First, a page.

The Design Journey: How to Turn an Idea into a Finished Piece by Rob Porcaro in Woodwork #118, p. 36, ¶6

* * * * *

“Obstructions lead to creativity.” – Stephen Gleasner

Visions in Plywood: The Plyscapes of Stephen Gleasner by Patrick Downes in Woodwork #118, p. 48, ¶10

 * * * * *

“From the time he started his own workshop in the 1960s, Alan [Peters] worked long and hard to prove that one could still earn a living in the contemporary world by building useful, beautiful furniture with integrity, one piece at a time, and he prided himself on making furniture that was priced within reach of working people like himself.” – Peter Korn

Thinking With Things: Design as Discovery by Peter Korn in Woodwork #118, p. 63, ¶7

Published in May 2007 Issue of Canadian Home Workshop

Last summer, Jodi Avery MacLean, the Managing Editor of Canadian Home Workshop Magazine (CHW) contacted me asking if I was interested in building them a whirligig.  Truth be told, I was hoping that they’d ask me to build them a piece of furniture such as a side table or dresser, but I was excited nonetheless and promptly responded with a resounding “yes”.  I took a few days to get my grand idea together.  I was familiar with whirligigs though I had never built one.  I knew that there were two main types:  simple and complex mechanical.  Simple whirligigs typically consist of a body with two propellers on the sides for arms or legs.  Mechanical whirligigs use a propeller connected to a camshaft to control one or more characters and are much more elaborate and time consuming to construct.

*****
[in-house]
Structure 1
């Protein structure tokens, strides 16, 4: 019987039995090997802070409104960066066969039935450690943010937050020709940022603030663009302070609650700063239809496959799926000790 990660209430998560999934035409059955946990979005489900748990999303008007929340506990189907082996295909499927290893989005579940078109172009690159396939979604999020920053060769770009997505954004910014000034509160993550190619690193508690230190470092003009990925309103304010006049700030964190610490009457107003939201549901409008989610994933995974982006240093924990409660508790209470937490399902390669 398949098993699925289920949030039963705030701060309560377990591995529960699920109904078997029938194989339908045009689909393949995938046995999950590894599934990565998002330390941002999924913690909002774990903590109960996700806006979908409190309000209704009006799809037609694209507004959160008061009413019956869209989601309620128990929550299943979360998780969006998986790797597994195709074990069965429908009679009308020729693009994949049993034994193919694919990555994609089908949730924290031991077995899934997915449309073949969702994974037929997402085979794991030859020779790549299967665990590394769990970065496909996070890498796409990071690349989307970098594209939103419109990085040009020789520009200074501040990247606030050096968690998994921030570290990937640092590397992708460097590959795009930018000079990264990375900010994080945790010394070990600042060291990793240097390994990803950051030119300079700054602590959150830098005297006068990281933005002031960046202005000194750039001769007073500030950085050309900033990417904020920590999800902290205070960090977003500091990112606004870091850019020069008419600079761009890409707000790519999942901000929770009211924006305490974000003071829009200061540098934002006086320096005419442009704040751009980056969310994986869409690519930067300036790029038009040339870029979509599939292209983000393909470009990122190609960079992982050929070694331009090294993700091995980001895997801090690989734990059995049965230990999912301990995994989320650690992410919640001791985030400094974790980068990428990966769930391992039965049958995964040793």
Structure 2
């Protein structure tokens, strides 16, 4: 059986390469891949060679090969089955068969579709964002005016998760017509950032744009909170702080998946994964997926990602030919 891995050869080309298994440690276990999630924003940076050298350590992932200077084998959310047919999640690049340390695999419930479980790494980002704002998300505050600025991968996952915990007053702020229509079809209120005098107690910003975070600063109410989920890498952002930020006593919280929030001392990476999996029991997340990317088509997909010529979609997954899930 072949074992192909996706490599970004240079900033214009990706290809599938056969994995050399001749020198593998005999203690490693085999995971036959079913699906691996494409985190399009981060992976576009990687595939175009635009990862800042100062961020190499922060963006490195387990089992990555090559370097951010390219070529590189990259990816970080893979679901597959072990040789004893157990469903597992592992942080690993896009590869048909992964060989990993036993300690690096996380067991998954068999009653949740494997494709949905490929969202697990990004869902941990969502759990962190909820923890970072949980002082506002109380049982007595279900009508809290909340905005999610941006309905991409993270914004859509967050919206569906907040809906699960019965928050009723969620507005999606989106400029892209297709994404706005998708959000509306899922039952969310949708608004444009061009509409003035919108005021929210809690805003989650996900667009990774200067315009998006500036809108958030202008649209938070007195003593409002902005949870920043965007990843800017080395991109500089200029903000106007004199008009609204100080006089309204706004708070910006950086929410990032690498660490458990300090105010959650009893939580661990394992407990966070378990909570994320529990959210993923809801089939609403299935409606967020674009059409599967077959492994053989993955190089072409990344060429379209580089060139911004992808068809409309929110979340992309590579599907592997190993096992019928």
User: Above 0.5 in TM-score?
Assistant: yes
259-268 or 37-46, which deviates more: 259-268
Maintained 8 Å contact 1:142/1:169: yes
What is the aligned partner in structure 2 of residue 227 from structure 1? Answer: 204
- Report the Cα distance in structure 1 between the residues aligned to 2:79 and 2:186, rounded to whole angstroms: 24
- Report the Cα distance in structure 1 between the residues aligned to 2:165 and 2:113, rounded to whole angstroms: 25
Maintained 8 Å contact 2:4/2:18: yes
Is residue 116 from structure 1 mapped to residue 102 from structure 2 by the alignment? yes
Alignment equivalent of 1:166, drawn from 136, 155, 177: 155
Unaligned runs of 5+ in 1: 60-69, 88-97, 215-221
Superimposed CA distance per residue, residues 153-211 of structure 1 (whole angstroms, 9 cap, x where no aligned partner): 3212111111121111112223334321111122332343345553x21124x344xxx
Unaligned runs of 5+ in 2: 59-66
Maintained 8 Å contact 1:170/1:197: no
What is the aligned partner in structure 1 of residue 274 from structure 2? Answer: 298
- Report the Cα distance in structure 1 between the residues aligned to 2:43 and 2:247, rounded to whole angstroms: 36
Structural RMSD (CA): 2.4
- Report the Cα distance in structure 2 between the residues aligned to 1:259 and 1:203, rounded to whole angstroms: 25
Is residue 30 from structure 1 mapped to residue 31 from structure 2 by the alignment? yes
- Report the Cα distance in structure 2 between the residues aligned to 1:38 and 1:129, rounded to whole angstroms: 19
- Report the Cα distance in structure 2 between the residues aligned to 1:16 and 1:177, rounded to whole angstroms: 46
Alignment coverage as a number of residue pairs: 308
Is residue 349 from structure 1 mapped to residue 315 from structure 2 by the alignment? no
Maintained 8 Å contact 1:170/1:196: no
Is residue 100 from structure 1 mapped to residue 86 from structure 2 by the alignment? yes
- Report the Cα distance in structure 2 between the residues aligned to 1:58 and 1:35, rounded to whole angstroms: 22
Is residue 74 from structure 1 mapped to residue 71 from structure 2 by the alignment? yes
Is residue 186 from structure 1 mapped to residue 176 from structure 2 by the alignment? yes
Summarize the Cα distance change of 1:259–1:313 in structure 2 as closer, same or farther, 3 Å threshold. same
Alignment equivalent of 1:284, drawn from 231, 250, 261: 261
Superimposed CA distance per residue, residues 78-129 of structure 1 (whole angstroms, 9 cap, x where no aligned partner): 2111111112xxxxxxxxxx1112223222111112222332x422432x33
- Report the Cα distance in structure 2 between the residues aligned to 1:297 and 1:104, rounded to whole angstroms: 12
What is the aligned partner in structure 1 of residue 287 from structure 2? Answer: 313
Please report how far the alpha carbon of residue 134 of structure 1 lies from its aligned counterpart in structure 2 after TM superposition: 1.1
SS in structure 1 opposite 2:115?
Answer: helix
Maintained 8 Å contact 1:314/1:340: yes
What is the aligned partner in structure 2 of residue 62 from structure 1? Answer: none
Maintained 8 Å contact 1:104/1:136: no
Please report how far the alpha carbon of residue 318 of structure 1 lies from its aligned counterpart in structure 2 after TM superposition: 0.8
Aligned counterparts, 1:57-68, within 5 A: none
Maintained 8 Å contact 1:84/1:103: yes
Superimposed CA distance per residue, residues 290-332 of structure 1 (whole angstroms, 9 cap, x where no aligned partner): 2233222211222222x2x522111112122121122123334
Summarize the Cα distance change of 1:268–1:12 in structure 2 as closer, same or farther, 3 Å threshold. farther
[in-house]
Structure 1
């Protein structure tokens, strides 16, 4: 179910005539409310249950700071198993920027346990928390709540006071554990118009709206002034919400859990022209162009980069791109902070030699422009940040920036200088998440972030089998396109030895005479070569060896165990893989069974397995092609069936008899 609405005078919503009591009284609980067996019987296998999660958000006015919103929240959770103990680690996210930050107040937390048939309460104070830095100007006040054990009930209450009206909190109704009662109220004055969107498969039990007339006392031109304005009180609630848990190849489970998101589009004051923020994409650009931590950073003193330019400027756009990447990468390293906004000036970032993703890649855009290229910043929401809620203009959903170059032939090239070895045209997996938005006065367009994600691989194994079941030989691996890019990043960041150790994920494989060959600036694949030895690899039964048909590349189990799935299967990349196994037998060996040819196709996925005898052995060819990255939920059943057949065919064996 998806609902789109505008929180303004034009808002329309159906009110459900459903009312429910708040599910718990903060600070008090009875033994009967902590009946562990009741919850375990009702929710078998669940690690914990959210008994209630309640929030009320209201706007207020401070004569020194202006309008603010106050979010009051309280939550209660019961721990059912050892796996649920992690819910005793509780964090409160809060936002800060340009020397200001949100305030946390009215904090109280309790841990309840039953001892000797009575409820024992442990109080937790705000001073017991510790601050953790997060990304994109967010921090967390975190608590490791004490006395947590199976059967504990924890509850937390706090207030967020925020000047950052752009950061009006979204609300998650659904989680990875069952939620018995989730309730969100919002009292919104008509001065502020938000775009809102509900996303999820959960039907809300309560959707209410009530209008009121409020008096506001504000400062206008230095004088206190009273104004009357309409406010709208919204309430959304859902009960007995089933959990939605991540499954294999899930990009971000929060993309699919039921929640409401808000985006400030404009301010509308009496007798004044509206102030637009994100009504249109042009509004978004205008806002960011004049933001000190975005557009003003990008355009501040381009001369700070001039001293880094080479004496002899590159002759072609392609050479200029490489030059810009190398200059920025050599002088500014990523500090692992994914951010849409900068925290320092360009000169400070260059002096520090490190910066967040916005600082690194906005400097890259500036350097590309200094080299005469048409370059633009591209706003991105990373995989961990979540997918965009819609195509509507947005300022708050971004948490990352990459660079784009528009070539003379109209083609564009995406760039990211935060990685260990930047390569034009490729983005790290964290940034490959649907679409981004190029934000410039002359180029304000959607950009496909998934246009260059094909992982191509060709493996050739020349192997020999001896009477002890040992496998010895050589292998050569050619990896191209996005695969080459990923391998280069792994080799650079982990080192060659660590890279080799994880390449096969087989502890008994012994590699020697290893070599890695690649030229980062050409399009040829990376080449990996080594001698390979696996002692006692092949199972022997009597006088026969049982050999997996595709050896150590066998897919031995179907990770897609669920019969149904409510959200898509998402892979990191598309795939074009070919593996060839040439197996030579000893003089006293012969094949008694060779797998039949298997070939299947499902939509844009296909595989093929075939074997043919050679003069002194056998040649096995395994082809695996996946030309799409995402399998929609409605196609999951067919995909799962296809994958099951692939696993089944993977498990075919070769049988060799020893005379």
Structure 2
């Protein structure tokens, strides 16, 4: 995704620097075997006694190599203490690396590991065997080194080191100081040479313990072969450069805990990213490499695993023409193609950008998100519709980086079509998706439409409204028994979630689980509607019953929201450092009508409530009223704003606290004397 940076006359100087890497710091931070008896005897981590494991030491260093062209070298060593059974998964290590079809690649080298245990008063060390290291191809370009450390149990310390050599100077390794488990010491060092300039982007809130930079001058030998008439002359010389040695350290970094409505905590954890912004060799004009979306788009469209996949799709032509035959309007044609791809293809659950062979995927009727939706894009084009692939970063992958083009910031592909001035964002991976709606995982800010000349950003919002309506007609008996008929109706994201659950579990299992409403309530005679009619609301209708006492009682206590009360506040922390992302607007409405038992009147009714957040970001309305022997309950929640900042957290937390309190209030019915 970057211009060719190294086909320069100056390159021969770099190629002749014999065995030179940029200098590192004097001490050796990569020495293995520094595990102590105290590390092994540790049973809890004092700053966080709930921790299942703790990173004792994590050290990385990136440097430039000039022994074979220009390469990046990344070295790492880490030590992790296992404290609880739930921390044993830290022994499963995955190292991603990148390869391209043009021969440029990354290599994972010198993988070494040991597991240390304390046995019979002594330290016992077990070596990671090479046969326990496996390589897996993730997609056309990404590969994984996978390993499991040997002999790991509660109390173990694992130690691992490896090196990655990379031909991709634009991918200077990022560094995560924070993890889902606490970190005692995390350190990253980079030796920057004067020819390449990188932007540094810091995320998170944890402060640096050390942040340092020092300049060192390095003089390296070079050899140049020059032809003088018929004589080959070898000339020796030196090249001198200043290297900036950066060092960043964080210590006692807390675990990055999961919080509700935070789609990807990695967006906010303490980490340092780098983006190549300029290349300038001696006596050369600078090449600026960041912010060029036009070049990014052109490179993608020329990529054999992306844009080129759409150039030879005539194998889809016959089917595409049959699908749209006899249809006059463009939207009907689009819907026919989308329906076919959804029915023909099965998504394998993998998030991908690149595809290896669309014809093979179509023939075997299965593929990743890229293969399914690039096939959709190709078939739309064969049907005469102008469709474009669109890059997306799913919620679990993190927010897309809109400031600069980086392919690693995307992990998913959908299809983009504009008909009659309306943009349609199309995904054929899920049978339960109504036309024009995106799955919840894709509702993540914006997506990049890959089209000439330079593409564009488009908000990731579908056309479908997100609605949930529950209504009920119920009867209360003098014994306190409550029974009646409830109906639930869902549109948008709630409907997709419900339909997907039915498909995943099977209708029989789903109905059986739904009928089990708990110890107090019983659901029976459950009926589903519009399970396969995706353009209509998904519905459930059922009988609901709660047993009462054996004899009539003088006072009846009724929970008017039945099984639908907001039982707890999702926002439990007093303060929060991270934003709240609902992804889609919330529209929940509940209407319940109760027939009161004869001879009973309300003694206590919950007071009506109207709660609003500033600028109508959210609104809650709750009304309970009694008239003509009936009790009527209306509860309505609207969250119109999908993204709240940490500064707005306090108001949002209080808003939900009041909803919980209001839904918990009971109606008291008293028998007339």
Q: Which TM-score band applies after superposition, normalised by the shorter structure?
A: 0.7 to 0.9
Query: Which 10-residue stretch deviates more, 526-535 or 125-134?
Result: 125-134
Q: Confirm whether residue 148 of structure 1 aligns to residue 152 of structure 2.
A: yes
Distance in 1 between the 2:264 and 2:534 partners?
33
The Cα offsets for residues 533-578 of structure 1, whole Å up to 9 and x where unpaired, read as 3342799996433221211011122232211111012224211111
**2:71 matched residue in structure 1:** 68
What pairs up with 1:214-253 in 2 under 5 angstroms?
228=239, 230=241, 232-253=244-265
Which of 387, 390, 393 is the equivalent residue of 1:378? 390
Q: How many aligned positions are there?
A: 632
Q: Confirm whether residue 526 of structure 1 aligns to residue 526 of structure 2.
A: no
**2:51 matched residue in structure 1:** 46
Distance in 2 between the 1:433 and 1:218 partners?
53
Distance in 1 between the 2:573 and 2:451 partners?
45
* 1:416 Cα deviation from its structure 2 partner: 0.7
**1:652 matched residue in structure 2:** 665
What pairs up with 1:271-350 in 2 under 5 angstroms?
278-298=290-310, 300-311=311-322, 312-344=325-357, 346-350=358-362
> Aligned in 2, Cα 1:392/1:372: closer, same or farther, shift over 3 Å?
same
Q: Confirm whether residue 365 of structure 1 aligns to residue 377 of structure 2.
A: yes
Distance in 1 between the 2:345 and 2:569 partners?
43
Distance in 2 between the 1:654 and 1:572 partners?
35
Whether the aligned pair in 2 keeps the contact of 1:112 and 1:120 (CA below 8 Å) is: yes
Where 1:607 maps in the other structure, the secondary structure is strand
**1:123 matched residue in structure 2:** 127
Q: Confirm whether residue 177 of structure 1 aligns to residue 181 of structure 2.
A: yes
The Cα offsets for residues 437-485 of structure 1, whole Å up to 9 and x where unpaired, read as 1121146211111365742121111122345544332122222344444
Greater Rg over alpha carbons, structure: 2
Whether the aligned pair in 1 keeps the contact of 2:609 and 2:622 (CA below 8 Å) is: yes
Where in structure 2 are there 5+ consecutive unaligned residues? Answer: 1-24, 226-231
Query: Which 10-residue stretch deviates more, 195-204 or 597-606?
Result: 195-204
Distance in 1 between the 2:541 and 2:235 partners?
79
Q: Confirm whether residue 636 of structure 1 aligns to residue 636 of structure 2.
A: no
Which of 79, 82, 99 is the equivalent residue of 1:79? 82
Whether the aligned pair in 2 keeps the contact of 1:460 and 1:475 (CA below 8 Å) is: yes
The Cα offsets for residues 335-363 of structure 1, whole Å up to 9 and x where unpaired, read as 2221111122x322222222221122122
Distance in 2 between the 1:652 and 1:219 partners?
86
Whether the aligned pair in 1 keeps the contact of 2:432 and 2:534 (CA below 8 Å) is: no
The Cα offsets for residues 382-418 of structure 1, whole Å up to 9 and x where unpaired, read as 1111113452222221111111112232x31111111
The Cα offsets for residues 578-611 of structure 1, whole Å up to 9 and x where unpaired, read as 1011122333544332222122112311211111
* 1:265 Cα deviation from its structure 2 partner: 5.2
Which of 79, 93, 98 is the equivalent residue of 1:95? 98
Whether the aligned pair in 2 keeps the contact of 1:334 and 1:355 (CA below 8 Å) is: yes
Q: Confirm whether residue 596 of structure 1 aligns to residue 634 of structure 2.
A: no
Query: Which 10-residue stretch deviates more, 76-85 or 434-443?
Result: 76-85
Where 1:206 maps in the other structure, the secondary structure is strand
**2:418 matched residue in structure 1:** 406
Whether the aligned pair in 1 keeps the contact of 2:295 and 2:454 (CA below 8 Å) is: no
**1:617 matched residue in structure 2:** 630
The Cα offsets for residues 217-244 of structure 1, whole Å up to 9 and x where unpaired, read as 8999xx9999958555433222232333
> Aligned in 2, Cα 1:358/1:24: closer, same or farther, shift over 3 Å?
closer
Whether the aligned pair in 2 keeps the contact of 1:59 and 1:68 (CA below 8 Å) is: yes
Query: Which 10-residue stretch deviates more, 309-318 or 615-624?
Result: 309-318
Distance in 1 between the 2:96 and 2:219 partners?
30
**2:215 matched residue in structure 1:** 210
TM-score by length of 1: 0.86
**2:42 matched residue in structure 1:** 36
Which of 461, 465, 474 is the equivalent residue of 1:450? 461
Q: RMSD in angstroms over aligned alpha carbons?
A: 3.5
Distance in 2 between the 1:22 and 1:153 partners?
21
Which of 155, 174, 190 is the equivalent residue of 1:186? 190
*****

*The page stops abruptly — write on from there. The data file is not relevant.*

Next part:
Given that this is my first assignment for the magazine, I knew that I had to make a strong impression and immediately cast aside the idea of a simple whirligig.  I scan through the books in my local library revealed no shortage of ideas and plans for a mechanical whirligig.  However, trying to impress, I decided to design my own whirligig from scratch.  My grand idea was to have a scene from the wood shop:  one woodworker uses a jack plane to surface a board while the other chops a mortise in another board.  With the idea fresh in my mind, I drew up a quick sketch which I later turned into a 3D model using a CAD program called Rhinoceros 3D.  I sent a screenshot of my idea off to Jodi to be reviewed and turned my attention to working out the details.

The building went surprisingly well, although it took a bit of patience to get everything working smoothly.  The idea of having my project published, however, was more than enough of an incentive to keep working at it (If you want the details of how to build it, check out the magazine!).

Once the building was complete, the writing began.  I began by making detailed notes, documenting every step involved.  Then I took those notes and converted them into sentences and paragraphs – the first draft was complete!  Eight drafts later, I had an article which I was completely happy with.  I sent a copy off to Jodi at Canadian Home Workshop electrically and mailed the whirligig across the country from Port Moody, BC to Toronto, ON.  Upon receipt of my handcrafted work of art, the staff at Canadian Home Workshop were very impressed.  Mission accomplished!

About a month and a half ago, I started working together with Jodi Avery MacLean and Steve Maxwell (CHW’s technical editor) to edit the article and illustrations.  I compared Draft 9 with the final draft and only found a handful of changes the folks a CHW had made.  And each edit was minor – adding or changing a word here and there.  This meant that the nine drafts I had meticulously pored over for so many hours had been worth every minute, with the result being an article which I can call my own.  It was just a matter of time before the magazine with my article hit newsstands nationwide – and that time has arrived!

Get your copy today!